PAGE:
Structure-Assisted Discovery of an Aminothiazole Derivative as a Lead Molecule for Inhibition of Bacterial Fatty-Acid Synthesis.Pappenberger, G., Schulz-Gasch, T., Kusznir, E., Mueller, F., Hennig, M.
(2007) Acta Crystallogr.,Sect.D 63: 1208
- PubMed: 18084068
- DOI: 10.1107/S0907444907049852
- Primary Citation of Related Structures:
- PubMed Abstract:
Fatty-acid synthesis in bacteria is of great interest as a target for the discovery of antibacterial compounds. The addition of a new acetyl moiety to the growing fatty-acid chain, an essential step in this process, is catalyzed by beta-ketoacyl-ACP ...
Fatty-acid synthesis in bacteria is of great interest as a target for the discovery of antibacterial compounds. The addition of a new acetyl moiety to the growing fatty-acid chain, an essential step in this process, is catalyzed by beta-ketoacyl-ACP synthase (KAS). It is inhibited by natural antibiotics such as cerulenin and thiolactomycin; however, these lack the requirements for optimal drug development. Structure-based biophysical screening revealed a novel synthetic small molecule, 2-phenylamino-4-methyl-5-acetylthiazole, that binds to Escherichia coli KAS I with a binding constant of 25 microM as determined by fluorescence titration. A 1.35 A crystal structure of its complex with its target reveals noncovalent interactions with the active-site Cys163 and hydrophobic residues of the fatty-acid binding pocket. The active site is accessible through an open conformation of the Phe392 side chain and no conformational changes are induced at the active site upon ligand binding. This represents a novel binding mode that differs from thiolactomycin or cerulenin interaction. The structural information on the protein-ligand interaction offers strategies for further optimization of this low-molecular-weight compound.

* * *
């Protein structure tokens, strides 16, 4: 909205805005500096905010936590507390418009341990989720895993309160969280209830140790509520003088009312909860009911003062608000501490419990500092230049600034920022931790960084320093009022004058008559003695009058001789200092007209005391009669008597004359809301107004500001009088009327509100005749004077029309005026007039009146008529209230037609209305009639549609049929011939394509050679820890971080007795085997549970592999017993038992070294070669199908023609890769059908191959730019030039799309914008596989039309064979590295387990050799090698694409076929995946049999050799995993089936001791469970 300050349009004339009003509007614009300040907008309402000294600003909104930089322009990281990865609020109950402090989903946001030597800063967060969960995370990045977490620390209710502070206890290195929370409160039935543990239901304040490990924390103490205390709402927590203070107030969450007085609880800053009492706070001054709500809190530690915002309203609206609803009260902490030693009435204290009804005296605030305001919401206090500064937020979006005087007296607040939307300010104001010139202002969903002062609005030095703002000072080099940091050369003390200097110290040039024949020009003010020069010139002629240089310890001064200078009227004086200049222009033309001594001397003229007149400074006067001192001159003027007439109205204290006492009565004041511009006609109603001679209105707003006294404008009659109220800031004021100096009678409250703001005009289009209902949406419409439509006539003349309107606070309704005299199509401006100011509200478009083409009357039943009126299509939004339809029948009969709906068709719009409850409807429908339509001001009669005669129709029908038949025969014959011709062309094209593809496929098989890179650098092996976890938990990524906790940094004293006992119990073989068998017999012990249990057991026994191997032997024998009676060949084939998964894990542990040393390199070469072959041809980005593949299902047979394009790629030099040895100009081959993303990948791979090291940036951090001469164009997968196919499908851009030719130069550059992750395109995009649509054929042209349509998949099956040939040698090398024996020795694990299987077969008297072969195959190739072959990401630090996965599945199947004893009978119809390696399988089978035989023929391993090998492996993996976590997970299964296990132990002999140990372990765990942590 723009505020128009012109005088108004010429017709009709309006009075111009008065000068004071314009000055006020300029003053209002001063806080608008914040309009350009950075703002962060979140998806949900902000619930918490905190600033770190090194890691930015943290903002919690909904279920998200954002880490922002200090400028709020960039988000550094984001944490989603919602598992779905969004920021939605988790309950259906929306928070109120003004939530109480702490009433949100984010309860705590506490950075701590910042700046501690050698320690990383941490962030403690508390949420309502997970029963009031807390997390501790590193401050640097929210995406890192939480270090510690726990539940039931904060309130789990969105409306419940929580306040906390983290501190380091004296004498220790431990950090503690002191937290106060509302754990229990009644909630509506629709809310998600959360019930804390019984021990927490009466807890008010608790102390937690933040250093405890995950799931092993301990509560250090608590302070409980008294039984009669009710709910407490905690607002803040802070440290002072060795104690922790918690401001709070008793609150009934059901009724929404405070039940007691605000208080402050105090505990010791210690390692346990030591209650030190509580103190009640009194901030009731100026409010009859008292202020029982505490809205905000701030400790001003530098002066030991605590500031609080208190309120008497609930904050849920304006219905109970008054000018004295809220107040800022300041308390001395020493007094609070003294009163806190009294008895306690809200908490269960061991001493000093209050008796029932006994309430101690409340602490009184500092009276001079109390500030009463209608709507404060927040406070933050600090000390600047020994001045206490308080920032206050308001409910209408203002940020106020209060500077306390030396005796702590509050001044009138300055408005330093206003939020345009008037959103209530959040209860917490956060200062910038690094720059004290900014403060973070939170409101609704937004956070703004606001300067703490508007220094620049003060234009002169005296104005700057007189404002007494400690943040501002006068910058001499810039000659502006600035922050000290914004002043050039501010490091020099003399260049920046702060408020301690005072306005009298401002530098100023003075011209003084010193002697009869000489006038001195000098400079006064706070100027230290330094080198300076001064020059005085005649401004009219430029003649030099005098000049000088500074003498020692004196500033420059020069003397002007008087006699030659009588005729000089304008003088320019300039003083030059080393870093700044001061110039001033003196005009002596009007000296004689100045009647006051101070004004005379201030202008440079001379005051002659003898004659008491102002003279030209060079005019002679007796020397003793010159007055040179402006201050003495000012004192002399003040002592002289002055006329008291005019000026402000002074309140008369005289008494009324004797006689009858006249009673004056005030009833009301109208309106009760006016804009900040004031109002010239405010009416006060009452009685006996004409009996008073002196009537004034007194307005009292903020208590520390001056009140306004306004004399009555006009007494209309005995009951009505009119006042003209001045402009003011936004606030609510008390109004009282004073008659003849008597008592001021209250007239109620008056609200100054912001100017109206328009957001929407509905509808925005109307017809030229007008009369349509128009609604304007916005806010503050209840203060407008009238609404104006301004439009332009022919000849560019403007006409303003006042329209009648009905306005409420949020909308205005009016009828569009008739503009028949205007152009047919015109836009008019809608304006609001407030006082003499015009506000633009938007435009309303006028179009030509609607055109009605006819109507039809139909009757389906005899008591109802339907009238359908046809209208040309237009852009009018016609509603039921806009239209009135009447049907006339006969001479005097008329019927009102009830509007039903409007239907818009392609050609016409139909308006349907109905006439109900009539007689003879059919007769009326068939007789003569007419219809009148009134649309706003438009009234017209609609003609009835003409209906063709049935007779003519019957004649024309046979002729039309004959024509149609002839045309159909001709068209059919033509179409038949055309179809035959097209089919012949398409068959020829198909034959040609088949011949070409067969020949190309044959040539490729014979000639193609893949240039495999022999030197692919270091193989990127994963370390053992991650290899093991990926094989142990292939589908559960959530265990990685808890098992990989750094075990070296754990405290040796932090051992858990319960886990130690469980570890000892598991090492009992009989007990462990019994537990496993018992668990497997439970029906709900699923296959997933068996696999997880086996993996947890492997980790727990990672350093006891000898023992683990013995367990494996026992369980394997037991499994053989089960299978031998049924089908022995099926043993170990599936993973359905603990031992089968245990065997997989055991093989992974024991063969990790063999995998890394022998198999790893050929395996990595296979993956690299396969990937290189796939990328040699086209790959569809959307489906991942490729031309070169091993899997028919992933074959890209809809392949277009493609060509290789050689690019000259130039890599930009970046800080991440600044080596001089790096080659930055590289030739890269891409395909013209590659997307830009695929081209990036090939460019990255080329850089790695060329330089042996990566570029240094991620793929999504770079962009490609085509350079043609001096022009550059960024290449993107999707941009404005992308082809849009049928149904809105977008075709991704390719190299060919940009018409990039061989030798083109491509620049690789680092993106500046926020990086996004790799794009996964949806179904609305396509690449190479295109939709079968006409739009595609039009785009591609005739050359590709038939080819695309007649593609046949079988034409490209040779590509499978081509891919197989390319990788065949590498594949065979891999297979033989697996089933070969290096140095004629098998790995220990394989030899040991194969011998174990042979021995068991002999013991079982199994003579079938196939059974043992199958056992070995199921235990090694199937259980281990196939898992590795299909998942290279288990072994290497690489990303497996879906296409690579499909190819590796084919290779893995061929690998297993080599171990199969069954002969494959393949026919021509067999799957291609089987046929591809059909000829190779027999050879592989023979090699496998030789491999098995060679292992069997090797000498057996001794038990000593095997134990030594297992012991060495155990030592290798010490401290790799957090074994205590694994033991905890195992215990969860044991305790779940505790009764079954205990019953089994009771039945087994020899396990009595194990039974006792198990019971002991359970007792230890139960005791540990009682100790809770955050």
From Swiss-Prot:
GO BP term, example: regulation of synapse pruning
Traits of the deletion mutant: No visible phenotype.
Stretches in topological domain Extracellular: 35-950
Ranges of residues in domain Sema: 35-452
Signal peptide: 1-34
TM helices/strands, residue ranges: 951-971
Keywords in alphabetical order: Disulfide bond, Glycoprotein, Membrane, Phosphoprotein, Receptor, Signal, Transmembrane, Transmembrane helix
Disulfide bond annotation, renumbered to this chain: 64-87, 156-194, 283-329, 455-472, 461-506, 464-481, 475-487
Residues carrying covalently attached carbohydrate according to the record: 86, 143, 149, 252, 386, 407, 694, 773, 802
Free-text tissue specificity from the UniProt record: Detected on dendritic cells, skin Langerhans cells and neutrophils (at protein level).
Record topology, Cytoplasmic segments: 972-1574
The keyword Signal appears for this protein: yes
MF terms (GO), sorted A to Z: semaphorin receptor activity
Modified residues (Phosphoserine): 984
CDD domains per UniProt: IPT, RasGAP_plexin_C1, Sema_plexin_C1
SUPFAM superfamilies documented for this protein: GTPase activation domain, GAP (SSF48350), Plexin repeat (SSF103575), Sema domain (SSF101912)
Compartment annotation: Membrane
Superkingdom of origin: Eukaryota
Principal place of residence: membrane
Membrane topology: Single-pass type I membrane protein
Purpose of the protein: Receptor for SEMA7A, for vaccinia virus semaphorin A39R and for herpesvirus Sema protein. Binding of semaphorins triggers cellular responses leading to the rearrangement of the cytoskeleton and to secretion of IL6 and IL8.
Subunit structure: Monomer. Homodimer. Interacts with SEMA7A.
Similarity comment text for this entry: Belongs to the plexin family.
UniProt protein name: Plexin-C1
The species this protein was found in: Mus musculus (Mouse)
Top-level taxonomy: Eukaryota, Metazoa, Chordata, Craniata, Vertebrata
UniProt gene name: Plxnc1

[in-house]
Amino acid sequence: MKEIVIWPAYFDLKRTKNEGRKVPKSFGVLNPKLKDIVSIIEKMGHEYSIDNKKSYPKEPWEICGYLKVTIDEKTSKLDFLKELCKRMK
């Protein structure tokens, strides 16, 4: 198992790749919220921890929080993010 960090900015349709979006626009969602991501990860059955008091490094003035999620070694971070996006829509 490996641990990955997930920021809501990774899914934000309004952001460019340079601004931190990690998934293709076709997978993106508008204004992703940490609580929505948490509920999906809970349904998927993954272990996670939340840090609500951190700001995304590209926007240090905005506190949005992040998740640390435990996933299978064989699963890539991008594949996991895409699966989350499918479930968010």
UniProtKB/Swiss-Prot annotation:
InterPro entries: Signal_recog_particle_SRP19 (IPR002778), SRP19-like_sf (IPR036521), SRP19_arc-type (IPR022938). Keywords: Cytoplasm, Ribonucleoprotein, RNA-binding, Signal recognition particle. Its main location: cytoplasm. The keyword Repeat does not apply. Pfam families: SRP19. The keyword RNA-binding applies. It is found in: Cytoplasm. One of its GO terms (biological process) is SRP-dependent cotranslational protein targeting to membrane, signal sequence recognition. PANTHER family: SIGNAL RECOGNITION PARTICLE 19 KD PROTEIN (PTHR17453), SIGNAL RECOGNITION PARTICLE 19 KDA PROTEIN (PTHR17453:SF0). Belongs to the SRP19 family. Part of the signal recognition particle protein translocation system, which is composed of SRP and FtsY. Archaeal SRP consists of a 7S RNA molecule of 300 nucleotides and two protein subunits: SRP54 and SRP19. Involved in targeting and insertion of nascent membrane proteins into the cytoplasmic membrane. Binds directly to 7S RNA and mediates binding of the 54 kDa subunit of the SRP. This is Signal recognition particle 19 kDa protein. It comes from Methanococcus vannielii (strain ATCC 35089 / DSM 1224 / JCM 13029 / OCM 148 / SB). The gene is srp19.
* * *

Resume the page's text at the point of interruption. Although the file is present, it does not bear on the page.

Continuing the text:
F. Hoffmann-La Roche Ltd, Pharma Research Discovery, CH-4070 Basel, Switzerland.